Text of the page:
Historically, States, including Rhode Island, have used funding from the Leaking Tank Trust Fund for corrective action and providing core funding for our leaking tank response program. We have continually faced challenges funding our regulatory program to oversee the operation of underground tanks and effectively preventing leaks. We strongly support the new provisions in this bill that allow States to use funds from the leaking tank trust fund to enforce State or local tank leak detection, prevention and other requirements through State or local programs.
The bill also speaks to the allocation process for distributing funds among the States. Rhode Island strongly supports the allocation process currently being used by EPA.
The bill sets a very clear mandate that all USTs regulated under Subtitle I of RCRA be inspected every two years. When we first reviewed this language, we were very concerned that we would not be able to meet this mandate. Preliminary discussions with environmental agencies from other States indicate that we are not alone in this concern. Limitations on staffing and other resources have restricted our ability to inspect tanks in Rhode Island to a frequency of once every six to seven years. While we recognize that this is unacceptable and is not providing the level of protection necessary, we have not been able to build our staff to a level that would allow more frequent inspections. In reviewing this concept over the past few weeks, we believe that an effective alternative may be to license inspectors who conduct the checks and monitoring necessary. We are considering requirements for tank owners and operators to have their tanks inspected by a licensed inspector on a yearly, or biennial, basis and condition operation of the tank system on certification of a satisfactory inspection. We could then use our own resources to audit select stations based on priorities set over time, including risk to water supplies and sensitive natural areas. This is one approach that we are considering in Rhode Island. States have shown a history of being innovators in this program and others and I am sure that many other effective alternatives will also be considered as this bill moves forward. However, for Rhode Island, this will be a very different approach than what is in place right now. We hope the bill will provide flexibility during the transition period when States look to new, innovative ways to meet this goal.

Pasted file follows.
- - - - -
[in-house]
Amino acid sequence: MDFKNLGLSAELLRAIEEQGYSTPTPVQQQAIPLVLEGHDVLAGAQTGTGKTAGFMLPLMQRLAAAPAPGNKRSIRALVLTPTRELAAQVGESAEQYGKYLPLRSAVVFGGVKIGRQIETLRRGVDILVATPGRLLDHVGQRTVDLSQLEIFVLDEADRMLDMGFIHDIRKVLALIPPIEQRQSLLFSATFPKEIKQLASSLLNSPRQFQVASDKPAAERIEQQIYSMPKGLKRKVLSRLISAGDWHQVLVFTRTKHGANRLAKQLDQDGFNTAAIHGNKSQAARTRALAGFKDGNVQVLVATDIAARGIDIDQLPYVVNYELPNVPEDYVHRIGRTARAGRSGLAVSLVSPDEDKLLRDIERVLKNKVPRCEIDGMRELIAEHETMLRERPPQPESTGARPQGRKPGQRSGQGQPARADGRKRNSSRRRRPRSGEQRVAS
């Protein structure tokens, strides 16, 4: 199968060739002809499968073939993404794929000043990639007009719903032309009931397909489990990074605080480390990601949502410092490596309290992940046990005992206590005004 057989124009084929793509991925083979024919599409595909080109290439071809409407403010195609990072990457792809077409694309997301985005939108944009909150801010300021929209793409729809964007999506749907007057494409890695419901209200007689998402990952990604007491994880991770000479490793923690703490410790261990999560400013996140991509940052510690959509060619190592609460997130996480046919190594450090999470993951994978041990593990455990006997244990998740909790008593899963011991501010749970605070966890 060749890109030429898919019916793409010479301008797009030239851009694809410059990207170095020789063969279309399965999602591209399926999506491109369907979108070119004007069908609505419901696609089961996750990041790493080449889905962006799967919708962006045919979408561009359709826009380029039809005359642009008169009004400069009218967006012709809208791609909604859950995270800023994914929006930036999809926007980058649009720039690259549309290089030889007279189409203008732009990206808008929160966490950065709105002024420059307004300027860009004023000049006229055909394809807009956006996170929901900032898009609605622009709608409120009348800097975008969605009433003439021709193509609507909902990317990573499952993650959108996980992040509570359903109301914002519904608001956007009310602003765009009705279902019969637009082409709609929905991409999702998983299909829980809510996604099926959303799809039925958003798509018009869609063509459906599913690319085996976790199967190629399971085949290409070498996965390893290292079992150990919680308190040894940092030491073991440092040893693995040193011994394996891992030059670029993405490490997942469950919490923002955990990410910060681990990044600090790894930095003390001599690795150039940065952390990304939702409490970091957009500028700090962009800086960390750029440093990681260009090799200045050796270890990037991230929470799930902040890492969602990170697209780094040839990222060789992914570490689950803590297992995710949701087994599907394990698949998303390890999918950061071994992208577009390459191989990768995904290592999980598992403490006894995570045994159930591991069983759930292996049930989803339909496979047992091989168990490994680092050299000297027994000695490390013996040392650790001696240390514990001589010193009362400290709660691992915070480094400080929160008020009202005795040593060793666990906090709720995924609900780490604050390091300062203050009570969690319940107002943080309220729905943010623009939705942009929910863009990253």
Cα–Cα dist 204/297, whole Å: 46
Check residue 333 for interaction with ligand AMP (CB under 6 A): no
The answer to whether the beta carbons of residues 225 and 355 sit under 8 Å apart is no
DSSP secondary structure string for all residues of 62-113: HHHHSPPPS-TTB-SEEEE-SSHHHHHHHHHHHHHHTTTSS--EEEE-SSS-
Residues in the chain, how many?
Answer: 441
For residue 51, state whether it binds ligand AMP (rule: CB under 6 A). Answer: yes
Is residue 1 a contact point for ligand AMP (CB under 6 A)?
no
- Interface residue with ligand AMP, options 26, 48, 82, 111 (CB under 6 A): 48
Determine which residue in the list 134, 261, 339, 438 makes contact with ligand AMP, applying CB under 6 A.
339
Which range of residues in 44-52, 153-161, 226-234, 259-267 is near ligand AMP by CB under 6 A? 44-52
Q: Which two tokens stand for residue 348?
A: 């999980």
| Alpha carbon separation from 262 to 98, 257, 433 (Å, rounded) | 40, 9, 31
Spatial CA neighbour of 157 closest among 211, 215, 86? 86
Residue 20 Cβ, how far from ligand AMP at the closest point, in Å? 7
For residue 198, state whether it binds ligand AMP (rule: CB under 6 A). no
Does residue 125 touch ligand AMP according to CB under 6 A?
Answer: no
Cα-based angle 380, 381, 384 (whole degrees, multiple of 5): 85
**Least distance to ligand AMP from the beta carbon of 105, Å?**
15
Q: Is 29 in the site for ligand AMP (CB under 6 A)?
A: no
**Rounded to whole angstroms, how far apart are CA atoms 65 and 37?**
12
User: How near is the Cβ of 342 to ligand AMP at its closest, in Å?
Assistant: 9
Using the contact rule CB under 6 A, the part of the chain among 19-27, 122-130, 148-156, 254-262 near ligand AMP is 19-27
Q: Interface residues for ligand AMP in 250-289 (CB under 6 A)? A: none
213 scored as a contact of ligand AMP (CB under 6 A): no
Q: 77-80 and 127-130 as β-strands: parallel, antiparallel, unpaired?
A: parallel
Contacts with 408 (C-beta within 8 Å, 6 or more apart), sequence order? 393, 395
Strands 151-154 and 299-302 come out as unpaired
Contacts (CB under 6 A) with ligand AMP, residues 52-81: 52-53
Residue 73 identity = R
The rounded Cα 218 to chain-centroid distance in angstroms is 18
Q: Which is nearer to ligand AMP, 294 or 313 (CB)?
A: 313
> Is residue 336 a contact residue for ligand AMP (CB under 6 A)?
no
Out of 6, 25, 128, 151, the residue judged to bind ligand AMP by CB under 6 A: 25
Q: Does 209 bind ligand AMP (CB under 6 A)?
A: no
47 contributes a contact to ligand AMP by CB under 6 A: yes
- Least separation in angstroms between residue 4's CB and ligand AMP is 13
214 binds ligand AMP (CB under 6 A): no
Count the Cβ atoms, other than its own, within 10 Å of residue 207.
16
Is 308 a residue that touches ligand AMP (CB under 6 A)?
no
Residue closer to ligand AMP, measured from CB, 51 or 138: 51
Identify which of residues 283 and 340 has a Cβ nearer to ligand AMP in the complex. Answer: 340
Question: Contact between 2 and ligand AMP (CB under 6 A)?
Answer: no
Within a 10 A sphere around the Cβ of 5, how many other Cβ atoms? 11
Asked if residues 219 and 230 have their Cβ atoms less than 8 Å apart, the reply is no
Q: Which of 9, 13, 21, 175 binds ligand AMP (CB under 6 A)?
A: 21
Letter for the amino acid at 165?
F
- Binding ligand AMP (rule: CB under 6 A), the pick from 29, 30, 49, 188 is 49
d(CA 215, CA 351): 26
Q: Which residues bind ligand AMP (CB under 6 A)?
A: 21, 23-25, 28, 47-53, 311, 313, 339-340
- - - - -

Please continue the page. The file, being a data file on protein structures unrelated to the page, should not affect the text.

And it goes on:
We support the concept of better training for operators of UST systems. We also believe that EPA is well suited to develop guidance on different methods for training operators of underground storage tanks. However, we believe that the guidance should be flexible enough to allow effective and innovative approaches that may be developed by States. Prescriptive requirements on operator training programs may have the unintended effect of stifling innovation and limiting programs to the lowest common denominator. The bill clearly recognizes the challenges that are faced when developing such a training program and any effective program must be fluid enough to respond to the frequent improvements in tank technology. Furthermore, any training program must be clearly understood and under almost continuous implementation given the turnover rate seen in the automotive fueling business. Given these challenges, the States should have maximum flexibility in developing and implementing a program that meets their needs and the needs of their stakeholders.
The bill allows the Administrator to provide an award of up to $50,000 if the State develops and implements a State operator training strategy. We strongly support the concept of a “reward” for innovation and program improvement.